Types of Mental Health Professionals – Healthline

Types of Mental Health Professionals – Healthline

Getting help for mental, emotional, spiritual, or relationship issues can be difficult. Finding the…
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VA North Florida/South Georgia Health Care – Veterans Affairs

At VA North Florida/South Georgia Veterans Health System, our health care teams are deeply experien…
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3 simple swaps for better heart health – Harvard Health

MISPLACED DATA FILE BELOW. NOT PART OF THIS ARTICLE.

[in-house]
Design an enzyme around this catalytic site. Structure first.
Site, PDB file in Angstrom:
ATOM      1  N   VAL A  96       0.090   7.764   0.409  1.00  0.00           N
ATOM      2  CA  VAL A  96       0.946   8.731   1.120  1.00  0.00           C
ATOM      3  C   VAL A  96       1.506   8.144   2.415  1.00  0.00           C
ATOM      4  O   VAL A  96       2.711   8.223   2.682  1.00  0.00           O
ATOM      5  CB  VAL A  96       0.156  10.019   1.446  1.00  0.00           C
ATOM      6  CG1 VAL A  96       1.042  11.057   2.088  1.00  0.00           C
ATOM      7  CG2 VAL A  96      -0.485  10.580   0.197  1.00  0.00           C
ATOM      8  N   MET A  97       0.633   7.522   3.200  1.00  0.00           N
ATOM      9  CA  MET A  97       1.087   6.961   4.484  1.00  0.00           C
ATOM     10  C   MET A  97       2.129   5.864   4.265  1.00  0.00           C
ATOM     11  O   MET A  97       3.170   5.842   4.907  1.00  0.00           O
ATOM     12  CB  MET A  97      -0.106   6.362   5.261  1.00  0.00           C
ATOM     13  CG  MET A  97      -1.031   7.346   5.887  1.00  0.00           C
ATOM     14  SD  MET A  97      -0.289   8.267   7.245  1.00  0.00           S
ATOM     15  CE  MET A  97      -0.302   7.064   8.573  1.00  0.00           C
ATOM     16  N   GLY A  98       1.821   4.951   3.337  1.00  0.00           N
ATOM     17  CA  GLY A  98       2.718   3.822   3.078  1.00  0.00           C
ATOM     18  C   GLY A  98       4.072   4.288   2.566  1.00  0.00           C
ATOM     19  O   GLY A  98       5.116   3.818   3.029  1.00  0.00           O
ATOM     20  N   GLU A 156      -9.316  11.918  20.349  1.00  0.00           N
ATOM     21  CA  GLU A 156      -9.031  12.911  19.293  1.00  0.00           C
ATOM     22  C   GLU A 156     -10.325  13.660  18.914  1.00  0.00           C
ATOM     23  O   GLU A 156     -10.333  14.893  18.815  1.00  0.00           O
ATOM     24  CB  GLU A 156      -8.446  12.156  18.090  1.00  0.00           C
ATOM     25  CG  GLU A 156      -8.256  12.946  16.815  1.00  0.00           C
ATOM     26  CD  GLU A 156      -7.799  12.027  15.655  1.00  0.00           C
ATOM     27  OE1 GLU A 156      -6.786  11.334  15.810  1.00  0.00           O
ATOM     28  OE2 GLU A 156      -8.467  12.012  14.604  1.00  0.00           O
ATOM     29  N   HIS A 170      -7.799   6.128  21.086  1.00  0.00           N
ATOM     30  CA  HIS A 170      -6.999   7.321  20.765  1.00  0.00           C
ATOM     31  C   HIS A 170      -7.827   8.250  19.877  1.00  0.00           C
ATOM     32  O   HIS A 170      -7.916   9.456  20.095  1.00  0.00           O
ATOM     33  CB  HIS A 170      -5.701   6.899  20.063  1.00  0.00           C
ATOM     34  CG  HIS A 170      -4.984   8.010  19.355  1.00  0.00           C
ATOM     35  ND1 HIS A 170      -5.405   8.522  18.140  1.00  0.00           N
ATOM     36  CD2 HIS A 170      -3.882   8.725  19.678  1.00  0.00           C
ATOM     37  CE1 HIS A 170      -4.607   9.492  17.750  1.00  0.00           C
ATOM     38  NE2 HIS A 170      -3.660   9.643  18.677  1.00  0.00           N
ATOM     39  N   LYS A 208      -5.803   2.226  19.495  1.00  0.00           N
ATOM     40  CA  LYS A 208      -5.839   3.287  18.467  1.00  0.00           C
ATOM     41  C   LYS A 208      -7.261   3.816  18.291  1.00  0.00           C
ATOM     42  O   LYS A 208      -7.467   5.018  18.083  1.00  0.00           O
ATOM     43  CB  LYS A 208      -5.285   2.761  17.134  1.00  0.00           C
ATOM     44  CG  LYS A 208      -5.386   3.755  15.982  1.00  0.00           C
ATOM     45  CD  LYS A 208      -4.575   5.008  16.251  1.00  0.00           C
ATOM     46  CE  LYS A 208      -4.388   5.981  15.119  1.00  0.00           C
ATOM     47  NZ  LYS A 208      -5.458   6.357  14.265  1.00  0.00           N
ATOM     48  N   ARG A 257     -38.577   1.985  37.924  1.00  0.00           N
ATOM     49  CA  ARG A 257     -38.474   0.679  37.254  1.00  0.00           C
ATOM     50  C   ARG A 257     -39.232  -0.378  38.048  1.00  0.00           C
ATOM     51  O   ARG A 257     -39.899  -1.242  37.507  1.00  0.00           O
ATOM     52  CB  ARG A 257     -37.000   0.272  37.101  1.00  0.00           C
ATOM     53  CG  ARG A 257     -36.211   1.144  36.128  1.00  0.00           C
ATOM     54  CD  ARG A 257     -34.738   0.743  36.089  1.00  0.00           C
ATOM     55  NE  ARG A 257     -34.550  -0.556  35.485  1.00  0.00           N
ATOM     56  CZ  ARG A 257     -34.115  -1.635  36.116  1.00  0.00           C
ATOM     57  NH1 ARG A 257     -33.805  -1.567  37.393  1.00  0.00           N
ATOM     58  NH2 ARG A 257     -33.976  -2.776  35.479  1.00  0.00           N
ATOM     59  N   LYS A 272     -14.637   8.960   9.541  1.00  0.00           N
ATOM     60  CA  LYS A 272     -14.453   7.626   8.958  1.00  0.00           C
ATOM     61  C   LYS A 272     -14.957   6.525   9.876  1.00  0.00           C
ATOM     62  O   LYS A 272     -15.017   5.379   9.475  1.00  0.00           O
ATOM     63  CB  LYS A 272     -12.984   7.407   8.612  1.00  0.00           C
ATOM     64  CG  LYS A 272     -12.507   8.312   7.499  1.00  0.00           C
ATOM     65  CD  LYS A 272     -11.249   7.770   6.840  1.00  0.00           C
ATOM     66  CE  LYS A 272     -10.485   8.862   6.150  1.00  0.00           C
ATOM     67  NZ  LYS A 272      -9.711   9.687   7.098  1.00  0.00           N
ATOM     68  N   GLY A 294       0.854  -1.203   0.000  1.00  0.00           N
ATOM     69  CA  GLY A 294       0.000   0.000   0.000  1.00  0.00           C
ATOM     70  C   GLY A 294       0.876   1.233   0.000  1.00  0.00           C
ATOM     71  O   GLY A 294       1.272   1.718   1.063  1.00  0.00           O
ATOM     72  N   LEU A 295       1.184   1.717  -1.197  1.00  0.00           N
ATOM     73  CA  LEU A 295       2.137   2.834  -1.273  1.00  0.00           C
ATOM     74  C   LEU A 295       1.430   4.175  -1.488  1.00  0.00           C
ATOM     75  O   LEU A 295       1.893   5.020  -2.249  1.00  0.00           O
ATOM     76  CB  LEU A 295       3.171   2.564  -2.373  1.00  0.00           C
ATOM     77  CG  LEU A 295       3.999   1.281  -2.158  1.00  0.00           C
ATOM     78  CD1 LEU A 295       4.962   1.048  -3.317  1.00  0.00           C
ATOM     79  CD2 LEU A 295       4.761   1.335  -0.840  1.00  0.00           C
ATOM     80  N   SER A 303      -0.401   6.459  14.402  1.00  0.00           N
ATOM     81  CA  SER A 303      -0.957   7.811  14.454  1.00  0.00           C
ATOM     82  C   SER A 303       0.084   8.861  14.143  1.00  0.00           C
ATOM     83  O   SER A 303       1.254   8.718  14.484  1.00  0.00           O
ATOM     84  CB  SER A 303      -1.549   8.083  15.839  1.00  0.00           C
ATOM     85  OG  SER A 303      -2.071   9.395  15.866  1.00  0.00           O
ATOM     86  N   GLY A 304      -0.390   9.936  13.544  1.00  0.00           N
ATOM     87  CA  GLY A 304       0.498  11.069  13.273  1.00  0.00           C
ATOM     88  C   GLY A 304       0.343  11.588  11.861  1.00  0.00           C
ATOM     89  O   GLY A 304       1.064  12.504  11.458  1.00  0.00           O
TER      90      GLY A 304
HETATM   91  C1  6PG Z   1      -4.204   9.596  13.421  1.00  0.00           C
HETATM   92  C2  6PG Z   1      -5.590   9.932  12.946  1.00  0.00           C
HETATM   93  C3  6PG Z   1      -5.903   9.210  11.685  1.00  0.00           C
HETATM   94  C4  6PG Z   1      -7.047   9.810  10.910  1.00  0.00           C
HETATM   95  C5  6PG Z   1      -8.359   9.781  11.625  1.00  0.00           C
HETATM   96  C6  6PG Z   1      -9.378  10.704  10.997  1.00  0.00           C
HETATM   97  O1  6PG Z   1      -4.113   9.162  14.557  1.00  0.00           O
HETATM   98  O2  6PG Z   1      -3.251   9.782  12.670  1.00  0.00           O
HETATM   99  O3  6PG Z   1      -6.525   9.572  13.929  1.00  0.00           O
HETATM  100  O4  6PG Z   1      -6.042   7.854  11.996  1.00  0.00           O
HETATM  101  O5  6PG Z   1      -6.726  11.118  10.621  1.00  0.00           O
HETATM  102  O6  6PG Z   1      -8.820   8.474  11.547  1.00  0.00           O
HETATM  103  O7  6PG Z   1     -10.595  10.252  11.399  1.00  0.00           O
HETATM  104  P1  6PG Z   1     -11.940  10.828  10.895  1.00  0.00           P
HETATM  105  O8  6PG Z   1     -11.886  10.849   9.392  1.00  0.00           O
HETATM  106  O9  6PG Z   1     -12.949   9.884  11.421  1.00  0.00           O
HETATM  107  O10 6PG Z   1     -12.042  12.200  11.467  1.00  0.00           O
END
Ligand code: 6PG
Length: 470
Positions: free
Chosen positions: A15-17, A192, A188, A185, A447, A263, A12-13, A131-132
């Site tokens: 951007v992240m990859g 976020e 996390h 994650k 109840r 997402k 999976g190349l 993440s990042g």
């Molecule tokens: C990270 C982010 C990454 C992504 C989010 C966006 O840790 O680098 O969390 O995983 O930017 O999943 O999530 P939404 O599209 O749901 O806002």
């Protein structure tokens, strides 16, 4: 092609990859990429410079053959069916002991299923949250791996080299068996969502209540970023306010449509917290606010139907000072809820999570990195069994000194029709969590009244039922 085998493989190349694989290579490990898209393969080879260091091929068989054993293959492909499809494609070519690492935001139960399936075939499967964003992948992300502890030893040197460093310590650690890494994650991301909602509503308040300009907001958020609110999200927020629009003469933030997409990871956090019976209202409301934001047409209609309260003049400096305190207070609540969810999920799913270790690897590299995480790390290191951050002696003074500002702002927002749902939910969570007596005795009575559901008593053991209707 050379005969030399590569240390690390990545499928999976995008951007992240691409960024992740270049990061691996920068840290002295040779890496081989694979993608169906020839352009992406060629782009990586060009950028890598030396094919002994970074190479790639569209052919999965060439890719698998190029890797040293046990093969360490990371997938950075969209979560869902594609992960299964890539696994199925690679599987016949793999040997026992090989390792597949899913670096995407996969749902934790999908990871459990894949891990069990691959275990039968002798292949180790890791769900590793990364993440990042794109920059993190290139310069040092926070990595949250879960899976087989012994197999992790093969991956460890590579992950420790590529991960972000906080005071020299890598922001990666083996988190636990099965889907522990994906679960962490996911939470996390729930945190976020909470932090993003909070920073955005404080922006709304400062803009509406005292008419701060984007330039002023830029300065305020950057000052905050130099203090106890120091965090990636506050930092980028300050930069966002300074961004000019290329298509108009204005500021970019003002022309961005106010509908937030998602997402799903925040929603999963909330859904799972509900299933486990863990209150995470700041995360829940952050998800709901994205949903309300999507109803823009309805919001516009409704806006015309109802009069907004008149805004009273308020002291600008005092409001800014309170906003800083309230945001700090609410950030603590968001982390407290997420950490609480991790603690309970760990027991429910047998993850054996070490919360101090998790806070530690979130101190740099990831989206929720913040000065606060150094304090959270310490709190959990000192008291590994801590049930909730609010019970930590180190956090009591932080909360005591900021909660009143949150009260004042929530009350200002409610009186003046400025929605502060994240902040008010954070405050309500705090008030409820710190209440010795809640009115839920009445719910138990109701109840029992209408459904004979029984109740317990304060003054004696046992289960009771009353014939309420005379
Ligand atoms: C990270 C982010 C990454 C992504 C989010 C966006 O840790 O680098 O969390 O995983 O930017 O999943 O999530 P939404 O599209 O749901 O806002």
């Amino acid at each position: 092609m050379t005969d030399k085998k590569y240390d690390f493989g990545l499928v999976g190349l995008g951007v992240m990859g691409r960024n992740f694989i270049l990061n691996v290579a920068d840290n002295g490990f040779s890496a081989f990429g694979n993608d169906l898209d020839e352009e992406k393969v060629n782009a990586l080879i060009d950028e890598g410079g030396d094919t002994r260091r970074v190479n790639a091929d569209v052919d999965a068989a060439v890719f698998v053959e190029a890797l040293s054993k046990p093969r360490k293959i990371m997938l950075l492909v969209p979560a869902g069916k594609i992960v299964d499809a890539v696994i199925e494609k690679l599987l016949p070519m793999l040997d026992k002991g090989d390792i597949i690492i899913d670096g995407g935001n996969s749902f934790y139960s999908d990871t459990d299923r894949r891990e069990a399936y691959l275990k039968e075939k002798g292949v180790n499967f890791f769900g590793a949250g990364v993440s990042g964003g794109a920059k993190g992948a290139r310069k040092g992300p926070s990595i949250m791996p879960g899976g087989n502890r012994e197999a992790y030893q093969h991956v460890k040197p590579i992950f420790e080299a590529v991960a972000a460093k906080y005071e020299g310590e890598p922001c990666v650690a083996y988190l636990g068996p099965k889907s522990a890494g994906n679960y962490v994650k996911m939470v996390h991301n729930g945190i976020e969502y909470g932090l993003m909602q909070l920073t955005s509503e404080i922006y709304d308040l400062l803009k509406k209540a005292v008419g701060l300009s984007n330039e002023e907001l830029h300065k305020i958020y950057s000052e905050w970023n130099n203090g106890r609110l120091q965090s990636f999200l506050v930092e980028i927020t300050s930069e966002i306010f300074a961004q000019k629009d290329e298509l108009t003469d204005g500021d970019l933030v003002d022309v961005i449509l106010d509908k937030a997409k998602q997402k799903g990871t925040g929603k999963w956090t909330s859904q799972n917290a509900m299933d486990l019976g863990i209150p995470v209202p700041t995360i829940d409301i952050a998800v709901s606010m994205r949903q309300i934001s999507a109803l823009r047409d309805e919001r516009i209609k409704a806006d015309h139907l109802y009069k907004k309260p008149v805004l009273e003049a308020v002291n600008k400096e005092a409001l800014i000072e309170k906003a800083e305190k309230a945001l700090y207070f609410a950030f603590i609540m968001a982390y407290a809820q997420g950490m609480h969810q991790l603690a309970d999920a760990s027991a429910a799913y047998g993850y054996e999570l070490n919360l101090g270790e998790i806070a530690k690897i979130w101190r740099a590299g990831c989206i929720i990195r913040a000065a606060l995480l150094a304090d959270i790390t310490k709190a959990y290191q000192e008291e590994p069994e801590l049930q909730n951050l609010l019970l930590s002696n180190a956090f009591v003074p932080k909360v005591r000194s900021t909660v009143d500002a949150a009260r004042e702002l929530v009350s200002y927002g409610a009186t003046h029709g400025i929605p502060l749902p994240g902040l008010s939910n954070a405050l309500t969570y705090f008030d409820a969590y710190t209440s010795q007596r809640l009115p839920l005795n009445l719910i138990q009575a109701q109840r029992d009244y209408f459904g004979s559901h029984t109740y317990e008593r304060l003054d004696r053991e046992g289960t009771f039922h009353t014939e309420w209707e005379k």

3 simple swaps for better heart health Busy days make it hard to put heart health on the front burner. It just feels like you don’t have time for habits that keep the ticker in top shape — like exercising regularly, getting enough sleep, and eating a healthy diet. So maybe you take the stairs when you can, or you park farther away from a store to rack up a few extra steps each day. But what else can you do? Here are three things that might fit in your schedule. It’s fine if texting, emailing, social media, or Zoom calls are your primary means of communicating with others. But it’s not okay if those methods leave you feeling lonely or isolated — two problems linked to higher risks for heart disease, heart attack, or stroke, according to a scientific statement from the American Heart Association in the Journal of the American Heart Association. To combat loneliness and isolation, try to replace some of your electronic back-and-forth with people with in-person meetings. Maybe you can find room in your schedule for a quick walk, cup of coffee, or brief lunch with a friend or colleague. “Time spent face-to-face helps connect you to others and may make you feel less isolated,” explains Matthew Lee, a sociologist and research associate at Harvard University’s Human Flourishing Program. “Being physically co-present can help you feel more engaged with others, more valued, and more likely to feel a sense of shared identity — all things that may help ease loneliness. This is why some doctors are starting to engage in ‘social prescribing,’ including suggesting that people get involved in volunteering and other activities that build in-person social relationships.” A recent study published in the International Journal of Public Health by Lee and a team of Harvard-led researchers suggests that better social connectedness may reduce the risk of being diagnosed with depression or anxiety. Both are associated with heart disease or making existing heart conditions worse. Is your typical breakfast something quick and full of refined (not whole) grains, processed meat, saturated fat, or added sugar? Eating that kind of food regularly may drive up calories, weight, blood sugar, or cholesterol levels — and that’s not good for your heart. Instead, chose breakfast foods rich in fiber, a type of carbohydrate that either passes through the body undigested (insoluble fiber) or dissolves into a gel (soluble fiber) that coats the gut. Fruits, nuts, seeds, whole grains (oats, barley, quinoa) and many other foods are rich in fiber. Try these fiber-rich breakfast ideas: If you ever take a break from your busy day to scroll through news on your phone or computer, chances are you can also find a little time to meditate, which is important for heart health. Research indicates that people who meditate have lower rates of high cholesterol, diabetes, high blood pressure, stroke, and coronary artery disease compared with people who don’t meditate. What’s the connection? Meditating triggers the body’s relaxation response, a well-studied physiological change that appears to help lower your blood pressure, heart rate, breathing rate, oxygen consumption, adrenaline levels, and levels of the stress hormone cortisol. The great news: it doesn’t take much time to reap the heart-healthy benefits of meditating — just about 10 to 20 minutes per day. Ideas for quick ways to meditate in a busy day include sitting quietly, closing your eyes, and Just try to calm your brain for a few minutes a day. Soon, you may find you’ve become better at meditating and better at practicing other heart-healthy habits, no matter how busy you are. As a service to our readers, Harvard Health Publishing provides access to our library of archived content. Please note the date of last review or update on all articles. No content on this site, regardless of date, should ever be used as a substitute for direct medical advice from your doctor or other qualified clinician. The Best Diets for Cognitive Fitness, is yours absolutely FREE when you sign up to receive Health Alerts from Harvard Medical School Sign up to get tips for living a healthy lifestyle, with ways to fight inflammation and improve cognitive health, plus the latest advances in preventative medicine, diet and exercise, pain relief, blood pressure and cholesterol management, and more. Get helpful tips and guidance for everything from fighting inflammation to finding the best diets for weight loss…from exercises to build a stronger core to advice on treating cataracts. PLUS, the latest news on medical advances and breakthroughs from Harvard Medical School experts.
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